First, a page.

For oils, butter would probably make the most sense, although we're experimenting with oilseed pumpkins and sunflowers do quite well here. We can certainly grow mustard in the summers, and mustardseed oil is quite delicious.
We can grow leafy greens easily all summer - we don't have problems with bolting here. The same is true for cole crops and almost all roots. And we need roots because they store so well over the winter. Onions are particularly well suited to the sulfuric soils we have - they grow well, store well, and add a lot of flavor to our food, as does the garlic.
Herbs that do well here include coriander/cilantro, dill, basil, mints, fennel, cumin, chives, sage and many others. These might be primary flavoring agents. I could look back to traditional local flavorings like wintergreen berries and rosewater. Sour, lemony sumac could replace lemons for both vitamin c and flavor, as could apple cider vinegars. Wild thyme and other herbs could be integrated more fully into pastures to give local milks, butters and cheeses indigenous flavors.
Apples, hazelnuts, black walnuts, hickory nuts, sunflower seeds, pumpkin seeds, quinces, plums, pears, raspberries, strawberries, and many indigenous fruits of cold climates like lingonberries and sea buckthorn would probably become the primary fruits, along with many others. Wild mushrooms, wild greens and other wild foods would be daily additions.
There are minor crops that would almost certainly add to the variety of our diets. Jerusalem artichokes and groundnuts, grown together might provide a staple starch-protein combination. A full exploration of what can and should grow here might help us evolve a more complex and exciting diet.
What would it look like? What would I eat? What would tourists who visited come home raving about? Perhaps they'd come in summer, when my diet was a lot like everyone's. A smaller portion of my garden might be in tomatoes and peppers and more in beets and greens, but generally speaking, they would enjoy my local summer foods. We might have an omlet filled with asparagus, local goat cheese and sauteed in butter. Come fall, they obvious things - pumpkins, squash and roots would dominate the diet, and there would be considerably more meat, because it would simply make sense to butcher animals at fall festivals, rather than feed them over the winter. Milk would disappear, and be replaced by cheese.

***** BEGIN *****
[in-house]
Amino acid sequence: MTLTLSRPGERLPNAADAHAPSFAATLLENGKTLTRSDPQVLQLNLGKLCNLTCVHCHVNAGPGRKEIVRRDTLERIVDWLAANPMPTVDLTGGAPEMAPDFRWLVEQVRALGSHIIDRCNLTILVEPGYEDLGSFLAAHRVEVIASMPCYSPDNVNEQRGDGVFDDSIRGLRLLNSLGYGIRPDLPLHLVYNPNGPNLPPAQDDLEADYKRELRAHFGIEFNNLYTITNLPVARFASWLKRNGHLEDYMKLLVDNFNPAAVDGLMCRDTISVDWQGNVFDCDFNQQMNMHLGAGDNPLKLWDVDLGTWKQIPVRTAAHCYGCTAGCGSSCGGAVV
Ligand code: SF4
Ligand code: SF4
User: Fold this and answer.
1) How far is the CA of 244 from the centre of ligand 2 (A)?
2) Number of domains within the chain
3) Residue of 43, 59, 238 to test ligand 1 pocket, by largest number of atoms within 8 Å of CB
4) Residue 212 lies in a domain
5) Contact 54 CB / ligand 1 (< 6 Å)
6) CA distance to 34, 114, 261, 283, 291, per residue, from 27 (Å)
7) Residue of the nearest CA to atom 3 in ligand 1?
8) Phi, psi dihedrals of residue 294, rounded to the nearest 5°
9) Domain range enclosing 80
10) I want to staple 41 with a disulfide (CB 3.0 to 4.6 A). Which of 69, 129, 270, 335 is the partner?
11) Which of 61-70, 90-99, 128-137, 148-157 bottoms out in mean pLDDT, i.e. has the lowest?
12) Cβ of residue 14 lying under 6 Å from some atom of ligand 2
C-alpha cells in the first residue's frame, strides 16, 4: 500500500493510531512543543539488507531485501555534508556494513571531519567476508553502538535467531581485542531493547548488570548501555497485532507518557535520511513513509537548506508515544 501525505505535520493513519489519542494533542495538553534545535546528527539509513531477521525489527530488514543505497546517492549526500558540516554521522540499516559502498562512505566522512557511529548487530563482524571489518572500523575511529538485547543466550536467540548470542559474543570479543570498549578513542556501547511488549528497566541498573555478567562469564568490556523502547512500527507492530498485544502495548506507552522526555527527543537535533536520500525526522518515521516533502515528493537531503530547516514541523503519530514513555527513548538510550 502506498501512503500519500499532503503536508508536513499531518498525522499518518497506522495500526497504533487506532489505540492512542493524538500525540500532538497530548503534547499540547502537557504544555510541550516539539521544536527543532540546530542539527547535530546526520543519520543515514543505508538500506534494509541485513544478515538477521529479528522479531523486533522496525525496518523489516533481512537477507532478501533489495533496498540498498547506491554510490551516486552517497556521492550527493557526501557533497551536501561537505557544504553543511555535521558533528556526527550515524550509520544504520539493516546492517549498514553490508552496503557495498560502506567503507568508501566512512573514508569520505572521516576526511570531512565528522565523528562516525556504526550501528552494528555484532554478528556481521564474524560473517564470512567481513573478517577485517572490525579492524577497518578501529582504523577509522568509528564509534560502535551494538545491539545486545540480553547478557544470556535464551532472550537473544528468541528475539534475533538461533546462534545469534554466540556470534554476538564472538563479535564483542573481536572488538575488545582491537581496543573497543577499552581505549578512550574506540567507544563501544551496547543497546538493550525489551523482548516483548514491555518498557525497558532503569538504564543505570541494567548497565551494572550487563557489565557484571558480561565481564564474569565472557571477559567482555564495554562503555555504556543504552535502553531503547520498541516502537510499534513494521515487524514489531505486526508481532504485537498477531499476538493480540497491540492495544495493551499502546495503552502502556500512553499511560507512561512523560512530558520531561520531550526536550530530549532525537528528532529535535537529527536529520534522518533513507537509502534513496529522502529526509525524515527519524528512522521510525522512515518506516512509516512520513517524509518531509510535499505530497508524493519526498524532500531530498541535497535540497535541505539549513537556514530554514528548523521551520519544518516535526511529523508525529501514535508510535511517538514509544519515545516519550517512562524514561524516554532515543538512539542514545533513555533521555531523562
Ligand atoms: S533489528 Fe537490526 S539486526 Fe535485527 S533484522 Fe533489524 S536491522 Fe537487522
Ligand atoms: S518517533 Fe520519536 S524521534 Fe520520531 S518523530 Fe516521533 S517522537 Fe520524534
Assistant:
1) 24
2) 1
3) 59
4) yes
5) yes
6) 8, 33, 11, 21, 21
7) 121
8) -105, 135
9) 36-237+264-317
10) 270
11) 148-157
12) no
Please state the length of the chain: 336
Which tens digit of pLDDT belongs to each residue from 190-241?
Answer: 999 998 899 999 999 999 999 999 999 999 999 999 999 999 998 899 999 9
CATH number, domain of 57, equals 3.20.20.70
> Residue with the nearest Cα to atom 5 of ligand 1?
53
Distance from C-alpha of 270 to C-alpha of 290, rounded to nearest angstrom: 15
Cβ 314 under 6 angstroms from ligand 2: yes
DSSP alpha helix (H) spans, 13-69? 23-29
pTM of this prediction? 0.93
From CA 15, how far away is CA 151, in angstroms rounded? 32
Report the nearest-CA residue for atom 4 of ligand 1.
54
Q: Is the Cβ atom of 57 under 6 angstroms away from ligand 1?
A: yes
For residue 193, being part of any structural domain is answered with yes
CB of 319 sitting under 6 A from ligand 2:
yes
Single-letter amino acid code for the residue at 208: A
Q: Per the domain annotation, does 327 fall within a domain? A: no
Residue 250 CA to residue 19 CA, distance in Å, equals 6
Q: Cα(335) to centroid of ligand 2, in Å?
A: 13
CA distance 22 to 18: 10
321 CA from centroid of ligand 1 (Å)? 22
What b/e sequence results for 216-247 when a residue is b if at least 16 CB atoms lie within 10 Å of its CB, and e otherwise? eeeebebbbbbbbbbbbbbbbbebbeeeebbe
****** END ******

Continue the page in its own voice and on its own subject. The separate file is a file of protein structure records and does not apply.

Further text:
In the fall we might drink cider, eat a stew of root vegetables and dried beans in broth, and a side of broccoli with cheese sauce.
In the winter, there would be few eggs (not enough light), and no milk, but an ample supply of potatoes, buckwheat for pancakes, cheese, some meat, and all the pleasures of cold weather and hearty stews and soups. It would not be difficult to keep some greens going over the winter as well. Winter would be a time for parties and celebrations. Cider would be hard and the beer would be ready.
Spring would come with its foods as well - the burst of eggs and wild greens, fresh new milk and and the remnents of winter. Now is the time for mashed potato cakes with dandilion greens, for rhubarb-apple sauce with the last stored apples and the first rhubarb, and the first spears of asparagus.
What's missing? Olive oil, meat in spring and summer, large quantities of bread and wheat. Some flavors have been replaced - my hummus might be made with fava beans, there's rosewater instead of vanilla in my pudding, a heavier use of indigenous herbs, the slight change of taste from different oils and different ingredients. Textures and smells, undertones and topnotes - all are specific, local. Over time, they will become transcendent.
The study mentioned above compared the same varieties of sheep, using the same practices of management in different places. Perhaps the British need to eat less lamb, or perhaps they need to raise it differently. Perhaps different breeds, like the landraces that evolved over centuries are more appropriate. But a truly local diet must eventually emerge from a low energy society, and there's no reason for us to fear it - we should, in fact, embrace the beginnings of our local cuisines.